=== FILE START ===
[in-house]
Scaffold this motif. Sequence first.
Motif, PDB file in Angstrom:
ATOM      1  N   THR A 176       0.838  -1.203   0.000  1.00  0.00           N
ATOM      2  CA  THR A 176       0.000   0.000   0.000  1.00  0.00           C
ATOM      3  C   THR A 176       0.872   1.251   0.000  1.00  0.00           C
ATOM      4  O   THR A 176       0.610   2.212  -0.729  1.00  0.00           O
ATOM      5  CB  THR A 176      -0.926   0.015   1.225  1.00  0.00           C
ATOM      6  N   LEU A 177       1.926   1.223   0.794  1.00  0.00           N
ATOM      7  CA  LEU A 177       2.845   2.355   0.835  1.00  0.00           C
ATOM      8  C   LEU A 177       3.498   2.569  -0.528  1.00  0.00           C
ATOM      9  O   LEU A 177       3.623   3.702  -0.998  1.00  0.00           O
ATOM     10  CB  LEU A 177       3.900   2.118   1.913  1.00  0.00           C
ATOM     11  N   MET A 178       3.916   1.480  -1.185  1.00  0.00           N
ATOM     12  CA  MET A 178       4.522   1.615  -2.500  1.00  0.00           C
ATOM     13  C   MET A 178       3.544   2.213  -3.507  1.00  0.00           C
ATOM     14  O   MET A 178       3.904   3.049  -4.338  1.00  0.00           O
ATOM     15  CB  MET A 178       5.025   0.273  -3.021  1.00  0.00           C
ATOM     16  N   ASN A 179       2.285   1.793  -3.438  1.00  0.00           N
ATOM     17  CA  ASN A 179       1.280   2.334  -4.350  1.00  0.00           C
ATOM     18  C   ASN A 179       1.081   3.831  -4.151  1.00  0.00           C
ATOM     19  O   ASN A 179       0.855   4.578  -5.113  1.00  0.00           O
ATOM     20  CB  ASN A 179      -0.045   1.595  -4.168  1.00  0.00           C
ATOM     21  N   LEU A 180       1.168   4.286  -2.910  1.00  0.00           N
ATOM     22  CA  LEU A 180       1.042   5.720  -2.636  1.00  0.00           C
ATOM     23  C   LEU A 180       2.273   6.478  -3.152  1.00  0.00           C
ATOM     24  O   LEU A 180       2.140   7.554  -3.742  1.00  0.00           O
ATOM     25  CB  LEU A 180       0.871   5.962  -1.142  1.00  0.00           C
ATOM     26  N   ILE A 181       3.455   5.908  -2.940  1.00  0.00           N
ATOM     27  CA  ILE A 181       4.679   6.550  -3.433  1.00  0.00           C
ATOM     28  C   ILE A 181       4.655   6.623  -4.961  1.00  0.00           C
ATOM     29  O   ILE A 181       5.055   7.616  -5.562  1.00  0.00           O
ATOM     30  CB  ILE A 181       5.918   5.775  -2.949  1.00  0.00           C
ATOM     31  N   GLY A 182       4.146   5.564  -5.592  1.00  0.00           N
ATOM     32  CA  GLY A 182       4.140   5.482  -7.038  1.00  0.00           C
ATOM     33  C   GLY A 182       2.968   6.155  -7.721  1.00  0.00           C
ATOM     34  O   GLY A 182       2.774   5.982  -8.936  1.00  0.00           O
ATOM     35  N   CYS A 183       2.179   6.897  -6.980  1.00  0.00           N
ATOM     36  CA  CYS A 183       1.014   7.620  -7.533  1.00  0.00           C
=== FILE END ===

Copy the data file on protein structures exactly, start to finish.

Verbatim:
[in-house]
Scaffold this motif. Sequence first.
Motif, PDB file in Angstrom:
ATOM      1  N   THR A 176       0.838  -1.203   0.000  1.00  0.00           N
ATOM      2  CA  THR A 176       0.000   0.000   0.000  1.00  0.00           C
ATOM      3  C   THR A 176       0.872   1.251   0.000  1.00  0.00           C
ATOM      4  O   THR A 176       0.610   2.212  -0.729  1.00  0.00           O
ATOM      5  CB  THR A 176      -0.926   0.015   1.225  1.00  0.00           C
ATOM      6  N   LEU A 177       1.926   1.223   0.794  1.00  0.00           N
ATOM      7  CA  LEU A 177       2.845   2.355   0.835  1.00  0.00           C
ATOM      8  C   LEU A 177       3.498   2.569  -0.528  1.00  0.00           C
ATOM      9  O   LEU A 177       3.623   3.702  -0.998  1.00  0.00           O
ATOM     10  CB  LEU A 177       3.900   2.118   1.913  1.00  0.00           C
ATOM     11  N   MET A 178       3.916   1.480  -1.185  1.00  0.00           N
ATOM     12  CA  MET A 178       4.522   1.615  -2.500  1.00  0.00           C
ATOM     13  C   MET A 178       3.544   2.213  -3.507  1.00  0.00           C
ATOM     14  O   MET A 178       3.904   3.049  -4.338  1.00  0.00           O
ATOM     15  CB  MET A 178       5.025   0.273  -3.021  1.00  0.00           C
ATOM     16  N   ASN A 179       2.285   1.793  -3.438  1.00  0.00           N
ATOM     17  CA  ASN A 179       1.280   2.334  -4.350  1.00  0.00           C
ATOM     18  C   ASN A 179       1.081   3.831  -4.151  1.00  0.00           C
ATOM     19  O   ASN A 179       0.855   4.578  -5.113  1.00  0.00           O
ATOM     20  CB  ASN A 179      -0.045   1.595  -4.168  1.00  0.00           C
ATOM     21  N   LEU A 180       1.168   4.286  -2.910  1.00  0.00           N
ATOM     22  CA  LEU A 180       1.042   5.720  -2.636  1.00  0.00           C
ATOM     23  C   LEU A 180       2.273   6.478  -3.152  1.00  0.00           C
ATOM     24  O   LEU A 180       2.140   7.554  -3.742  1.00  0.00           O
ATOM     25  CB  LEU A 180       0.871   5.962  -1.142  1.00  0.00           C
ATOM     26  N   ILE A 181       3.455   5.908  -2.940  1.00  0.00           N
ATOM     27  CA  ILE A 181       4.679   6.550  -3.433  1.00  0.00           C
ATOM     28  C   ILE A 181       4.655   6.623  -4.961  1.00  0.00           C
ATOM     29  O   ILE A 181       5.055   7.616  -5.562  1.00  0.00           O
ATOM     30  CB  ILE A 181       5.918   5.775  -2.949  1.00  0.00           C
ATOM     31  N   GLY A 182       4.146   5.564  -5.592  1.00  0.00           N
ATOM     32  CA  GLY A 182       4.140   5.482  -7.038  1.00  0.00           C
ATOM     33  C   GLY A 182       2.968   6.155  -7.721  1.00  0.00           C
ATOM     34  O   GLY A 182       2.774   5.982  -8.936  1.00  0.00           O
ATOM     35  N   CYS A 183       2.179   6.897  -6.980  1.00  0.00           N
ATOM     36  CA  CYS A 183       1.014   7.620  -7.533  1.00  0.00           C